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    A Greater Sydney Commission to manage the city’s growth and development

    Geraldine Chua

    NSW Premier Mike Baird and Planning Minister Pru Goward have announced plans to establish a Greater Sydney Commission to modernise the delivery of NSW’s major infrastructure and urban planning priorities.

    To be based in Western Sydney, the agency could be tasked to implement the Sydney Metropolitan Strategy, advise government on future plans, and assist the development of sub-regional plans in partnership with the local government.

    This includes major infrastructure projects like WestConnex, a 33 kilometre motorway which will extend across several council areas.

    “Other major jurisdictions such as London have shown the way on how to better manage urban growth and provide choice and opportunity for housing and employment,” says Baird. “The Greater Sydney Commission will ensure planning for Sydney’s future is done in a holistic way.”

    Goward adds that the agency will be a part of a new approach needed to deal with the challenges posed by Sydney’s growing population.

    “I envisage a Commission that draws on the experience of independent experts as well as local councils, so we can achieve a balance between the strategic development of Sydney, and local input into decision-making,” she says.

    However, some organisations have responded saying that the new commission would only add another layer of bureaucracy for NSW planning.

    Corinne Fisher of Better Planning Network, a volunteer-based organisation in NSW, is one questioning the need for a Greater Sydney Commission. Instead of spending money to create yet another body, she suggests that the Department of Planning and Environment is well-placed to coordinate Sydney’s strategic planning and development if it is adequately resourced.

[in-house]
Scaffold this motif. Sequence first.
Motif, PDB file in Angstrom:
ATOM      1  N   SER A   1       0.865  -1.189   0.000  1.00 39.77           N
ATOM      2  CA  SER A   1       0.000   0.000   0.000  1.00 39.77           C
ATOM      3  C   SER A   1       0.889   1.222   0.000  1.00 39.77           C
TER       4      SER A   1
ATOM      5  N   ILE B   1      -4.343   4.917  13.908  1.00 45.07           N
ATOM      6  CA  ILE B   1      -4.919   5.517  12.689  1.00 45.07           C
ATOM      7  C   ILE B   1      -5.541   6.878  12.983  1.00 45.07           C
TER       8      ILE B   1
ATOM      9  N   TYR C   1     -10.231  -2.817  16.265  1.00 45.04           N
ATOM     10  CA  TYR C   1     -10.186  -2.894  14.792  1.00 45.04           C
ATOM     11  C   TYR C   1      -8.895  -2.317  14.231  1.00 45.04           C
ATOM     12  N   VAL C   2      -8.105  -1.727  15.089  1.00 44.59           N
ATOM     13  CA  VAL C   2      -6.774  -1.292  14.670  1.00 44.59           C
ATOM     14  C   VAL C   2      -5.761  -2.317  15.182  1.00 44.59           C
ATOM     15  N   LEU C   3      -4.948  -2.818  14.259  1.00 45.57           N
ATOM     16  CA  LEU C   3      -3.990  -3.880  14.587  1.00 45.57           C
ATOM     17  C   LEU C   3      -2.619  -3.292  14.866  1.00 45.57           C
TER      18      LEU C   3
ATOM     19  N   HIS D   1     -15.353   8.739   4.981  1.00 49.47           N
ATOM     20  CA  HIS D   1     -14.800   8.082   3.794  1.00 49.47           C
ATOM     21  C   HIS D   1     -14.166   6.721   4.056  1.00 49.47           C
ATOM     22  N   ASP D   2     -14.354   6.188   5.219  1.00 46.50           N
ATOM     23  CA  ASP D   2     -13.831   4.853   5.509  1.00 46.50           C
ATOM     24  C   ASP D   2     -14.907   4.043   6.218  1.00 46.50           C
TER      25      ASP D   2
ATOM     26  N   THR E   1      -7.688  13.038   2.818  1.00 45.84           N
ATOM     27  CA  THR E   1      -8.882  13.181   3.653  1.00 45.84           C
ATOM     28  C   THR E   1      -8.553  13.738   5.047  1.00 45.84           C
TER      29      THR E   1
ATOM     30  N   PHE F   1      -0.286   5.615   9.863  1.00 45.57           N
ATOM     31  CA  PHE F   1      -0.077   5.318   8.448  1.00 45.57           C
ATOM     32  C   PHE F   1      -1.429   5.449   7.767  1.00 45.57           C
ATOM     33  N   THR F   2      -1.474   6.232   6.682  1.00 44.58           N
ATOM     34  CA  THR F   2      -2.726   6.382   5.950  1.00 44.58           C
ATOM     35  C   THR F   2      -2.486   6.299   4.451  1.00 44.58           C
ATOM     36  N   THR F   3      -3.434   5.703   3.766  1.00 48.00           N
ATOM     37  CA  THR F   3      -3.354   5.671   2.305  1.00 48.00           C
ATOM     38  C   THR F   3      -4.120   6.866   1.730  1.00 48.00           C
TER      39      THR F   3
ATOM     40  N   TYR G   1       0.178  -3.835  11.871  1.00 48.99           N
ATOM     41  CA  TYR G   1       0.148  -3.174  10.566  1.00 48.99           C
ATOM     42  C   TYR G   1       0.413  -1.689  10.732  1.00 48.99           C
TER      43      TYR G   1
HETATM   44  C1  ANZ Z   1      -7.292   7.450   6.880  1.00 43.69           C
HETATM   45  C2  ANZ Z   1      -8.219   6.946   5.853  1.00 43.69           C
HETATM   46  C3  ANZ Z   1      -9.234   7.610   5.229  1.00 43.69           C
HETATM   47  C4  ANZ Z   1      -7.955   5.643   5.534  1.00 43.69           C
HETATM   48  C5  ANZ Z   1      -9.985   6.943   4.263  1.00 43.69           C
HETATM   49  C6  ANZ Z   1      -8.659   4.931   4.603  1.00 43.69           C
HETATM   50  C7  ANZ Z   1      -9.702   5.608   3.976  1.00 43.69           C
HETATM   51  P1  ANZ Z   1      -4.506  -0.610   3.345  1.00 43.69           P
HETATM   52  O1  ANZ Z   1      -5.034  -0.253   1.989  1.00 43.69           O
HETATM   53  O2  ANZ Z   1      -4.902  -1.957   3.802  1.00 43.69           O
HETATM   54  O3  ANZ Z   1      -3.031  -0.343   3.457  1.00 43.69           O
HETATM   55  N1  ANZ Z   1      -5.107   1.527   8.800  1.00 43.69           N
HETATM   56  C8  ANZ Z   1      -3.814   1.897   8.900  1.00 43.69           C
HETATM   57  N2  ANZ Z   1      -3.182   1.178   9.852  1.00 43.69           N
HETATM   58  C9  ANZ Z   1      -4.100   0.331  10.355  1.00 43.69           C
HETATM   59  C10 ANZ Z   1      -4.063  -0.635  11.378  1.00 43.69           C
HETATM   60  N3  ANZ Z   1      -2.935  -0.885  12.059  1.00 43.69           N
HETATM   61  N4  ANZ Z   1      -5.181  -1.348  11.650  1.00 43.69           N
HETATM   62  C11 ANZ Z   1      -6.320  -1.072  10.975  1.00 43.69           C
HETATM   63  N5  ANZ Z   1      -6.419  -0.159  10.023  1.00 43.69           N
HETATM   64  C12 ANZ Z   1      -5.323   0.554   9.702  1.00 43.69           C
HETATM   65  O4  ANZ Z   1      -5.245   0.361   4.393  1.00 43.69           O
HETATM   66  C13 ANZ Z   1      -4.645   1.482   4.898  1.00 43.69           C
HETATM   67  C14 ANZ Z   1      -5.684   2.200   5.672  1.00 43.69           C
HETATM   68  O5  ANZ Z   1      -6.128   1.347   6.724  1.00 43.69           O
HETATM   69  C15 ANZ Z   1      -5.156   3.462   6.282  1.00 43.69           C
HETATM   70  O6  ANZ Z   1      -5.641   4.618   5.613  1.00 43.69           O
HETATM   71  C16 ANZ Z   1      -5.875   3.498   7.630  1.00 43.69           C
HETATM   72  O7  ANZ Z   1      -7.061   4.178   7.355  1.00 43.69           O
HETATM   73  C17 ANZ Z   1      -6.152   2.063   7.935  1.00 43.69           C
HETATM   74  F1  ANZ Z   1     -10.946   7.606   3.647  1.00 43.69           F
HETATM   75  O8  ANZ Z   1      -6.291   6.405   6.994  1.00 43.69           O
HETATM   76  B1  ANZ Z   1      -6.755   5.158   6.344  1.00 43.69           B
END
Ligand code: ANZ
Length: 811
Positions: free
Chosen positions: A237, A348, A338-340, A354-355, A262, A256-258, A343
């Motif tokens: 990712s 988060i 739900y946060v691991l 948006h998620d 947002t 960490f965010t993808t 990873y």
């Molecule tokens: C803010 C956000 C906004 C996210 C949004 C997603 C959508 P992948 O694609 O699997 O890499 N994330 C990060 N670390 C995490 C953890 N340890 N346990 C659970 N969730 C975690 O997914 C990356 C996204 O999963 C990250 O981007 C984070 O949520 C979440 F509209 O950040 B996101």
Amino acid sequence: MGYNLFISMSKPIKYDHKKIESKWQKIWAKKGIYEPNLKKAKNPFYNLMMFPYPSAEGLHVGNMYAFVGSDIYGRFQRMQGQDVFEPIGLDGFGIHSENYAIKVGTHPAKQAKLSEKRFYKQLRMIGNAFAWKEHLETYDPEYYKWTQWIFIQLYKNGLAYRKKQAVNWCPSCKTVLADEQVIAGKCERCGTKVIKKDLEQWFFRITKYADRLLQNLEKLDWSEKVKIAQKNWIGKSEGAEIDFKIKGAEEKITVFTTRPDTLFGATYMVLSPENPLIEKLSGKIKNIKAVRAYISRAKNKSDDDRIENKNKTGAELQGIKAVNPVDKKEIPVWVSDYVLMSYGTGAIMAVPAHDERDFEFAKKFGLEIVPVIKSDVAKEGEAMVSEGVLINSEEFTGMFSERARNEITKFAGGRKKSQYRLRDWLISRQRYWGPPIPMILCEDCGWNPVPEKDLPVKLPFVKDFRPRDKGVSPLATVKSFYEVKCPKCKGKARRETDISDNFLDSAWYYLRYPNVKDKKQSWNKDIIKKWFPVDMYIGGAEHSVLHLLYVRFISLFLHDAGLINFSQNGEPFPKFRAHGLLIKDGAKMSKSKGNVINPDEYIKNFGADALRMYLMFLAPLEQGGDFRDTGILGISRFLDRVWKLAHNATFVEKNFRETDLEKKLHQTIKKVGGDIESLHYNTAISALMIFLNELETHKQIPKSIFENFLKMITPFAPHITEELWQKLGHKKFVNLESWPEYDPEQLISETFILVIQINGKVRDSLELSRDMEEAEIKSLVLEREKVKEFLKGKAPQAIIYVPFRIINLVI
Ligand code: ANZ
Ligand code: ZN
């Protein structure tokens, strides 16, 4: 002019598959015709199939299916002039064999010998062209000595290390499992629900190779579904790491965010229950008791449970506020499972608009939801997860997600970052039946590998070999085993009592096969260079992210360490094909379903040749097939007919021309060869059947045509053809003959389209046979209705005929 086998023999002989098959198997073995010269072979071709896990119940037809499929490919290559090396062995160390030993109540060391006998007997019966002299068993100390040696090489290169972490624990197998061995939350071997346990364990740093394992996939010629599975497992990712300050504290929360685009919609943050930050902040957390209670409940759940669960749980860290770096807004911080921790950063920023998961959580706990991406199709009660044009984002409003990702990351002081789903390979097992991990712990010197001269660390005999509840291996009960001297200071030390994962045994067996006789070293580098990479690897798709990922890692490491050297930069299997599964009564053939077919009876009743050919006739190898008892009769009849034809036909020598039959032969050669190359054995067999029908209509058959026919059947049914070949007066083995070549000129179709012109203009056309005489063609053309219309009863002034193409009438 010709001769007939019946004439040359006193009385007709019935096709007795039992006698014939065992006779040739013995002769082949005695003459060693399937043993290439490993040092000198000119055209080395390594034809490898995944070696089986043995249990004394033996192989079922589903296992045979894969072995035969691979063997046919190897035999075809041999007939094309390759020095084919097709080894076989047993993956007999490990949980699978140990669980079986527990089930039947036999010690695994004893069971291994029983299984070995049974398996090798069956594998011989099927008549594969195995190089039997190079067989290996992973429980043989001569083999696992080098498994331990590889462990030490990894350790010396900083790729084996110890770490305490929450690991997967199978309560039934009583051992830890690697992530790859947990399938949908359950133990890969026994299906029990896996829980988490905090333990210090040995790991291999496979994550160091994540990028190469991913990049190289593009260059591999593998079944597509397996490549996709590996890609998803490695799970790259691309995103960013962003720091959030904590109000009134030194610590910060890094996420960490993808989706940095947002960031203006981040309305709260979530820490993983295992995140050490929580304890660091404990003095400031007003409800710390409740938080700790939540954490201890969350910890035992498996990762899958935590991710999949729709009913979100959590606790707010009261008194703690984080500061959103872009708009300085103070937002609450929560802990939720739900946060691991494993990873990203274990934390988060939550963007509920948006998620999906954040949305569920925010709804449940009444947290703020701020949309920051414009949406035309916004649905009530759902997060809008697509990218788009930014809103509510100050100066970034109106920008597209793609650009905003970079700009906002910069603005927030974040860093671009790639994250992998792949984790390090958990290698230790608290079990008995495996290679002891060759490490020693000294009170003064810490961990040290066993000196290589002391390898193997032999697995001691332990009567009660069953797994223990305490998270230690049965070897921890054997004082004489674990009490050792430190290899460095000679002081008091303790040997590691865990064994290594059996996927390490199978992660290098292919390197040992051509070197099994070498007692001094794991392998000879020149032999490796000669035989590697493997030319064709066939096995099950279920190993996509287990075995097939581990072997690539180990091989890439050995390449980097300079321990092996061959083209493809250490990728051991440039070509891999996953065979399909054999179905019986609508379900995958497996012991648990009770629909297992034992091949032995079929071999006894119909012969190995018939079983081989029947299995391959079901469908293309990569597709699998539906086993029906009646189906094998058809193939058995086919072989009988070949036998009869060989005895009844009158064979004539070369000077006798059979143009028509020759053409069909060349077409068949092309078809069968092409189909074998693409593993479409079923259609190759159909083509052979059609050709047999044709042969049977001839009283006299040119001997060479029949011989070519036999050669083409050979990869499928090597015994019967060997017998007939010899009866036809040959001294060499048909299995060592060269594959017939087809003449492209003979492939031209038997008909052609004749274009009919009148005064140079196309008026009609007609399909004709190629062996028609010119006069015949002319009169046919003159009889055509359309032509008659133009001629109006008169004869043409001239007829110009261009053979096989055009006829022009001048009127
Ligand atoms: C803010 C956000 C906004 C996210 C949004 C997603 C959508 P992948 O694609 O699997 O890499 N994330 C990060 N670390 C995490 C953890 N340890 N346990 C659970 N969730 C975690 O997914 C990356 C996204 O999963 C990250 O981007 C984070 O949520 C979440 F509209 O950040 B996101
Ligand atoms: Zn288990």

Urban Taskforce’s CEO Chris Johnson also says that while there is opportunity for the new organisation to focus on projects that are of state and regional significance, its role needs to be carefully structured in relation to existing government planning and delivery bodies to ensure it is not just another piece of red tape.

    “We already have the Planning and Environment agency, the Planning Assessment Commission (PAC), the Joint Regional Planning Panels (JRPPS), Urban Growth NSW and Infrastructure NSW on behalf of the State Government and of course many councils,” notes Johnson.

    “The Melbourne Planning Authority could be looked at as a model as it seems to be taking a state government proactive role across councils and supporting growth. The Melbourne authority chairs all strategic planning committees of sub-regional groupings of councils.”

    The Planning Minister has been asked to develop a detailed proposal for the Greater Sydney Commission for consideration by Cabinet, including the relevant bodies and people required to govern the board.

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